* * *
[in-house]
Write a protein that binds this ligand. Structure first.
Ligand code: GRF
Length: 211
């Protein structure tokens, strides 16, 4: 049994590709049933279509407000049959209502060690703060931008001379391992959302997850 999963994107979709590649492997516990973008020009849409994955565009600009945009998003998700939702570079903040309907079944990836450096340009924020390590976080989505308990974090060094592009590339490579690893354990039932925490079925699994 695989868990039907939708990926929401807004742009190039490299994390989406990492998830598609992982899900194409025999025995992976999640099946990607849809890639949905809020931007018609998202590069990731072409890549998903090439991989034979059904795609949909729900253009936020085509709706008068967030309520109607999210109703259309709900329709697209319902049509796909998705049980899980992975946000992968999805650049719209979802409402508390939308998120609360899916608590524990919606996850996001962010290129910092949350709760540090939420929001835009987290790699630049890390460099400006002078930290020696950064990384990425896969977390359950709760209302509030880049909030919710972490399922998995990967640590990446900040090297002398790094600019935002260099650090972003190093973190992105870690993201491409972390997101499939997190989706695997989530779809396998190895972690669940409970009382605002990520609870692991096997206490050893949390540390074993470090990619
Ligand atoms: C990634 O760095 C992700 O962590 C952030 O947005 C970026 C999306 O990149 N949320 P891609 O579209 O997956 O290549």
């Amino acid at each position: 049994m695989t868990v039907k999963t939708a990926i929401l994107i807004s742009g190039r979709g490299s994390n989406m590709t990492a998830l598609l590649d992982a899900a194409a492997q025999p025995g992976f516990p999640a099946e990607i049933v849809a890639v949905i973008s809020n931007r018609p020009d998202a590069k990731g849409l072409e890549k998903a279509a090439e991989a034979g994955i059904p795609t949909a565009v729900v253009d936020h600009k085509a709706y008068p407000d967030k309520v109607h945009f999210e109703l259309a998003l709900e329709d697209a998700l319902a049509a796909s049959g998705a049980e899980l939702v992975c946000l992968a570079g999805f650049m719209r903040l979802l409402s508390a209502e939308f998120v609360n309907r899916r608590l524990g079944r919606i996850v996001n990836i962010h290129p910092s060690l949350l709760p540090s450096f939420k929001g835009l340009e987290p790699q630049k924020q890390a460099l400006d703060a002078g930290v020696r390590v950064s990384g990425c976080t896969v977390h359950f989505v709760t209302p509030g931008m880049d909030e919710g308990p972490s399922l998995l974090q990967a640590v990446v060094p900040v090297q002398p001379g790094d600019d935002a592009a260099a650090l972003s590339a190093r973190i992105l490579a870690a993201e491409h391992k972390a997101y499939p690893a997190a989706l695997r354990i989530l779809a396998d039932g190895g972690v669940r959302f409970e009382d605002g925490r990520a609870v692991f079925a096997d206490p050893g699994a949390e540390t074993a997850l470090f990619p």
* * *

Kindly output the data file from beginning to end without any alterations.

[in-house]
Write a protein that binds this ligand. Structure first.
Ligand code: GRF
Length: 211
């Protein structure tokens, strides 16, 4: 049994590709049933279509407000049959209502060690703060931008001379391992959302997850 999963994107979709590649492997516990973008020009849409994955565009600009945009998003998700939702570079903040309907079944990836450096340009924020390590976080989505308990974090060094592009590339490579690893354990039932925490079925699994 695989868990039907939708990926929401807004742009190039490299994390989406990492998830598609992982899900194409025999025995992976999640099946990607849809890639949905809020931007018609998202590069990731072409890549998903090439991989034979059904795609949909729900253009936020085509709706008068967030309520109607999210109703259309709900329709697209319902049509796909998705049980899980992975946000992968999805650049719209979802409402508390939308998120609360899916608590524990919606996850996001962010290129910092949350709760540090939420929001835009987290790699630049890390460099400006002078930290020696950064990384990425896969977390359950709760209302509030880049909030919710972490399922998995990967640590990446900040090297002398790094600019935002260099650090972003190093973190992105870690993201491409972390997101499939997190989706695997989530779809396998190895972690669940409970009382605002990520609870692991096997206490050893949390540390074993470090990619
Ligand atoms: C990634 O760095 C992700 O962590 C952030 O947005 C970026 C999306 O990149 N949320 P891609 O579209 O997956 O290549």
């Amino acid at each position: 049994m695989t868990v039907k999963t939708a990926i929401l994107i807004s742009g190039r979709g490299s994390n989406m590709t990492a998830l598609l590649d992982a899900a194409a492997q025999p025995g992976f516990p999640a099946e990607i049933v849809a890639v949905i973008s809020n931007r018609p020009d998202a590069k990731g849409l072409e890549k998903a279509a090439e991989a034979g994955i059904p795609t949909a565009v729900v253009d936020h600009k085509a709706y008068p407000d967030k309520v109607h945009f999210e109703l259309a998003l709900e329709d697209a998700l319902a049509a796909s049959g998705a049980e899980l939702v992975c946000l992968a570079g999805f650049m719209r903040l979802l409402s508390a209502e939308f998120v609360n309907r899916r608590l524990g079944r919606i996850v996001n990836i962010h290129p910092s060690l949350l709760p540090s450096f939420k929001g835009l340009e987290p790699q630049k924020q890390a460099l400006d703060a002078g930290v020696r390590v950064s990384g990425c976080t896969v977390h359950f989505v709760t209302p509030g931008m880049d909030e919710g308990p972490s399922l998995l974090q990967a640590v990446v060094p900040v090297q002398p001379g790094d600019d935002a592009a260099a650090l972003s590339a190093r973190i992105l490579a870690a993201e491409h391992k972390a997101y499939p690893a997190a989706l695997r354990i989530l779809a396998d039932g190895g972690v669940r959302f409970e009382d605002g925490r990520a609870v692991f079925a096997d206490p050893g699994a949390e540390t074993a997850l470090f990619p």